All of which is a long winded way of making two important statements.

The first is that my first (and hopefully not my last) article for the King’s Tribune, “The Blokeyness Index: blokes win the gender war in Australia’s 4th Estate” is the lead story in the King’s Tribune December issue; available both online and in printed form. But, to read the whole article you will need to subscribe ($5 for a single month’s subscription) or order a printed copy of the magazine to be mailed to you ($8.95). That means you won’t just get my article, but all the other great articles in the December edition of the magazine.

The second point  is, that in order to continue paying good Australian writers, the King’s Tribune needs more than just subscribers for this one edition. They could really do with your ongoing support. So, if you can manage it – either before or after you get your hands on the December edition – please consider taking out a one year, six month or three month subscription.  If you have friends or relatives who value good quality writing on topical subjects – think about a gift subscription.  And, if you have had a particularly good year and you’re feeling all welled up with Christmas spirit and goodwill towards us starving scribes – perhaps you might consider making a ‘one off’ contribution to help the King’s Tribune stay afloat.

Here’s editor, Jane Gilmore, talking about the history of the magazine and why you should think about supporting it.

As Jane says in her September article, “On Paying Writers”:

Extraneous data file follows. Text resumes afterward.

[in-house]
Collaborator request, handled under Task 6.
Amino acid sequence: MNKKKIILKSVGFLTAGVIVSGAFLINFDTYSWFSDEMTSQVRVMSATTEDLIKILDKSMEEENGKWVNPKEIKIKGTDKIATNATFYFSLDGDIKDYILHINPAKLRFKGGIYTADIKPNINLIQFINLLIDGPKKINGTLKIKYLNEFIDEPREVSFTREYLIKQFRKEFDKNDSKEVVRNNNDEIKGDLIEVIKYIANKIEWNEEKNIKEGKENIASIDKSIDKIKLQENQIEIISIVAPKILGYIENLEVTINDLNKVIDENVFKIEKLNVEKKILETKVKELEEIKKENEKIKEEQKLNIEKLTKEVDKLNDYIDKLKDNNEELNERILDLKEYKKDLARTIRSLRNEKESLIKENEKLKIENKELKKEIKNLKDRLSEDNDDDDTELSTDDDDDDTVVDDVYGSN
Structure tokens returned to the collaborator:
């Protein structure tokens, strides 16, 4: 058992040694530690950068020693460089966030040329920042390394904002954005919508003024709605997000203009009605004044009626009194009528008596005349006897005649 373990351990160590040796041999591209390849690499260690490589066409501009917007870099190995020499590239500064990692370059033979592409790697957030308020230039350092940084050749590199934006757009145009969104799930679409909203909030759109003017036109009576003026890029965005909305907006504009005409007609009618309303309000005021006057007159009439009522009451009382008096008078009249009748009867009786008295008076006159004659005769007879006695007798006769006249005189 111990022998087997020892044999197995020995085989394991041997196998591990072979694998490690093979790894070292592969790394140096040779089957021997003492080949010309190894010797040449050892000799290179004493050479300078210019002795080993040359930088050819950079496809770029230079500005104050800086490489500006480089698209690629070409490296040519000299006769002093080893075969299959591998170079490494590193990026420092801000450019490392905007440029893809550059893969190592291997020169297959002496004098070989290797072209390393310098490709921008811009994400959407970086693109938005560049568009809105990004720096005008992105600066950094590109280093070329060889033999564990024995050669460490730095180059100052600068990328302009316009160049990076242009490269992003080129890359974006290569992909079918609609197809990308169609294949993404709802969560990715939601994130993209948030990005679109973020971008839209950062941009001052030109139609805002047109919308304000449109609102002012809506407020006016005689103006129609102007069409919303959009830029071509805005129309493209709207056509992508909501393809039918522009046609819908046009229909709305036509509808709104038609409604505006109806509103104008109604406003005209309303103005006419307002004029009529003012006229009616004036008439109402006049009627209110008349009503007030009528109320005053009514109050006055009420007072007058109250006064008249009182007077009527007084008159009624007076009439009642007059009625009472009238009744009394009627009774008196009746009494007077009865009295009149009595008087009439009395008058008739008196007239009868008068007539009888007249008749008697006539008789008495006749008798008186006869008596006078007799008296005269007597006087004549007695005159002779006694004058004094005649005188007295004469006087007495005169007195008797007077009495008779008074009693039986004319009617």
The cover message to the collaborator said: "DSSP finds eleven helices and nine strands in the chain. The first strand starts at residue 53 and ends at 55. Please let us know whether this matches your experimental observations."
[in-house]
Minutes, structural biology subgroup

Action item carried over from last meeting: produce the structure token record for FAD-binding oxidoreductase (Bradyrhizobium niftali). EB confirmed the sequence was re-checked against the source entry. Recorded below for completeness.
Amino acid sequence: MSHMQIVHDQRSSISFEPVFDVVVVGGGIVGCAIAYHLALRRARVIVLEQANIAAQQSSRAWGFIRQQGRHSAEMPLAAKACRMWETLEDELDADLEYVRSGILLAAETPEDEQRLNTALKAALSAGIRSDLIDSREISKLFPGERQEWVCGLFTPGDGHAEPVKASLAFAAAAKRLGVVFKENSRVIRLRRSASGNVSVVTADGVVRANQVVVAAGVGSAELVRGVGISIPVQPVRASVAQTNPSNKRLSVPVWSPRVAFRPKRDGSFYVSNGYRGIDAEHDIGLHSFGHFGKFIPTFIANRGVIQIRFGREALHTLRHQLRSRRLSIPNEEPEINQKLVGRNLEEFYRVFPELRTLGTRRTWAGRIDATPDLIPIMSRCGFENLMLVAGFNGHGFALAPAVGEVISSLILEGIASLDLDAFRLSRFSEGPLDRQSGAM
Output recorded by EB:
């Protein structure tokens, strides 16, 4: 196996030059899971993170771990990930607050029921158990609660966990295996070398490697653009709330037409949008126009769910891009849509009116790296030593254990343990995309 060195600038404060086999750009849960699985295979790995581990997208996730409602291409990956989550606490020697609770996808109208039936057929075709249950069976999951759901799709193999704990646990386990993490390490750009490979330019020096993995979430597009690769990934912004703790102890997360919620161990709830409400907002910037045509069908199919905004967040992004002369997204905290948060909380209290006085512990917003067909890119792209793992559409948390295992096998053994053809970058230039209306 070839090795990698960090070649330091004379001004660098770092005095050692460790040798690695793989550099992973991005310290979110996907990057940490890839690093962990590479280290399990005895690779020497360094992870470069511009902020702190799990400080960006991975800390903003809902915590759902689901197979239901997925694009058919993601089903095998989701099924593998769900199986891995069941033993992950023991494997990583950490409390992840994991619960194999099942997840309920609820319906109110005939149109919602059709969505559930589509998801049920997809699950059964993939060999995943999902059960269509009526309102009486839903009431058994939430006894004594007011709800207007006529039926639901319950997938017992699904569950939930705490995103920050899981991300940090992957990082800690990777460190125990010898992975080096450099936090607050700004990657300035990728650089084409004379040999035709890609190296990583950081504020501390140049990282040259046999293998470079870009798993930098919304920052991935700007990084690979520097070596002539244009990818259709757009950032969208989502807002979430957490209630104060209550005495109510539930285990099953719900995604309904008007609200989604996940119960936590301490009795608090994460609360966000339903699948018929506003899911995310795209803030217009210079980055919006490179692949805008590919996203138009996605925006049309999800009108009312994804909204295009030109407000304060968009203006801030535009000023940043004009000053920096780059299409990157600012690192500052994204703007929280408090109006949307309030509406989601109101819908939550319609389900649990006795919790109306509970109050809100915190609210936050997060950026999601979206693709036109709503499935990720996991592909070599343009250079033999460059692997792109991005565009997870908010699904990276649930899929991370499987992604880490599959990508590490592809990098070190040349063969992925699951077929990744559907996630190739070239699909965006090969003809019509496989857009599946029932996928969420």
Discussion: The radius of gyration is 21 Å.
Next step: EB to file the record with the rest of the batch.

“… ultimately it’s the readers who need to know that the service they are getting is valuable. Ten or more years of free content online has inculcated everyone with the idea that good writing is a valueless service. It’s not. But paying writers what they are worth is not going to happen until that ingrained attitude changes.

Finding good writers is far more difficult than you would imagine. Finding good writers who are an incentive to paying customers is even more difficult. But the solution to this is not just up to publishers. Everyone has to join the dance.”

You can read the introduction to “The Blokeyness Index” here. But, to read the whole thing, you’ll need to subscribe – either to just the December issue ($5) or in one of the ways listed on the link above. Please consider subscribing (either short-term or long-term) in order to read the full article and, if you enjoy it, encourage your friends to do the same.

Yes, they’ll have to pay a small fee but,  come on, isn’t that only FAIR?

“The Blokeyness Index:

blokes win the gender war in Australia’s 4th Estate”

Chrys Stevenson